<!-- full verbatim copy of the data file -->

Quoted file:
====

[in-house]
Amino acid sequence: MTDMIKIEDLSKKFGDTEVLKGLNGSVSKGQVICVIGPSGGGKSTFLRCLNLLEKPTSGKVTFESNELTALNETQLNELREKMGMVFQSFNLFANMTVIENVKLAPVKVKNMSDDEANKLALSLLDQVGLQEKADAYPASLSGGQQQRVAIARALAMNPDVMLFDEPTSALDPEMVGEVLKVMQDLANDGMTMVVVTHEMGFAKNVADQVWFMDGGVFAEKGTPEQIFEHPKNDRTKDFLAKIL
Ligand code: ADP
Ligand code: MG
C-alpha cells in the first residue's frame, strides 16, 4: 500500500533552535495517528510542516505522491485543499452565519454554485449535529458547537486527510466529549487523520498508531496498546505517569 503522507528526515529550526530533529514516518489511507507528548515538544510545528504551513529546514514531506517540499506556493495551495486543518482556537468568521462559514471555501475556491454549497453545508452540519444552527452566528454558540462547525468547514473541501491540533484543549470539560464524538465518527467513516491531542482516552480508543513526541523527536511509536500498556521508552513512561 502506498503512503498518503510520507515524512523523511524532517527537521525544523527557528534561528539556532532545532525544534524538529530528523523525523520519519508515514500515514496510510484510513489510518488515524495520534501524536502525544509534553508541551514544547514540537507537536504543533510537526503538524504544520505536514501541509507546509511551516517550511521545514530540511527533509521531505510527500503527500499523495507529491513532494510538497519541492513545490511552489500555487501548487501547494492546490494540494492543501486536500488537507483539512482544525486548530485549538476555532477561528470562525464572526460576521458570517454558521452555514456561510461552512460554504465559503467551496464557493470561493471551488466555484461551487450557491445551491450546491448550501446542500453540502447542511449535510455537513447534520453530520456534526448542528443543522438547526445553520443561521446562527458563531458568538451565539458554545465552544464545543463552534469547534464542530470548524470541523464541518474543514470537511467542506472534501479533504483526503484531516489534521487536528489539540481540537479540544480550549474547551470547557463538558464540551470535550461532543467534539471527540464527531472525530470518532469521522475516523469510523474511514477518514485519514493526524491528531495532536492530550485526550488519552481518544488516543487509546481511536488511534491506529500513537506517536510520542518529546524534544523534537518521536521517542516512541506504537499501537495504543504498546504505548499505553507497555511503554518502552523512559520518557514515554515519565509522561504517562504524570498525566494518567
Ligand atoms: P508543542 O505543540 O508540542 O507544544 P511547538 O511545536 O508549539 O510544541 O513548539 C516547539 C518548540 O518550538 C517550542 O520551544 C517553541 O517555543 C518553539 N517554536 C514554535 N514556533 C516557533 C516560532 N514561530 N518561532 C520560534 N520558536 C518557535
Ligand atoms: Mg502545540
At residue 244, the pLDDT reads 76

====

[in-house]
Amino acid sequence: MTDMIKIEDLSKKFGDTEVLKGLNGSVSKGQVICVIGPSGGGKSTFLRCLNLLEKPTSGKVTFESNELTALNETQLNELREKMGMVFQSFNLFANMTVIENVKLAPVKVKNMSDDEANKLALSLLDQVGLQEKADAYPASLSGGQQQRVAIARALAMNPDVMLFDEPTSALDPEMVGEVLKVMQDLANDGMTMVVVTHEMGFAKNVADQVWFMDGGVFAEKGTPEQIFEHPKNDRTKDFLAKIL
Ligand code: ADP
Ligand code: MG
C-alpha cells in the first residue's frame, strides 16, 4: 500500500533552535495517528510542516505522491485543499452565519454554485449535529458547537486527510466529549487523520498508531496498546505517569 503522507528526515529550526530533529514516518489511507507528548515538544510545528504551513529546514514531506517540499506556493495551495486543518482556537468568521462559514471555501475556491454549497453545508452540519444552527452566528454558540462547525468547514473541501491540533484543549470539560464524538465518527467513516491531542482516552480508543513526541523527536511509536500498556521508552513512561 502506498503512503498518503510520507515524512523523511524532517527537521525544523527557528534561528539556532532545532525544534524538529530528523523525523520519519508515514500515514496510510484510513489510518488515524495520534501524536502525544509534553508541551514544547514540537507537536504543533510537526503538524504544520505536514501541509507546509511551516517550511521545514530540511527533509521531505510527500503527500499523495507529491513532494510538497519541492513545490511552489500555487501548487501547494492546490494540494492543501486536500488537507483539512482544525486548530485549538476555532477561528470562525464572526460576521458570517454558521452555514456561510461552512460554504465559503467551496464557493470561493471551488466555484461551487450557491445551491450546491448550501446542500453540502447542511449535510455537513447534520453530520456534526448542528443543522438547526445553520443561521446562527458563531458568538451565539458554545465552544464545543463552534469547534464542530470548524470541523464541518474543514470537511467542506472534501479533504483526503484531516489534521487536528489539540481540537479540544480550549474547551470547557463538558464540551470535550461532543467534539471527540464527531472525530470518532469521522475516523469510523474511514477518514485519514493526524491528531495532536492530550485526550488519552481518544488516543487509546481511536488511534491506529500513537506517536510520542518529546524534544523534537518521536521517542516512541506504537499501537495504543504498546504505548499505553507497555511503554518502552523512559520518557514515554515519565509522561504517562504524570498525566494518567
Ligand atoms: P508543542 O505543540 O508540542 O507544544 P511547538 O511545536 O508549539 O510544541 O513548539 C516547539 C518548540 O518550538 C517550542 O520551544 C517553541 O517555543 C518553539 N517554536 C514554535 N514556533 C516557533 C516560532 N514561530 N518561532 C520560534 N520558536 C518557535
Ligand atoms: Mg502545540
At residue 244, the pLDDT reads 76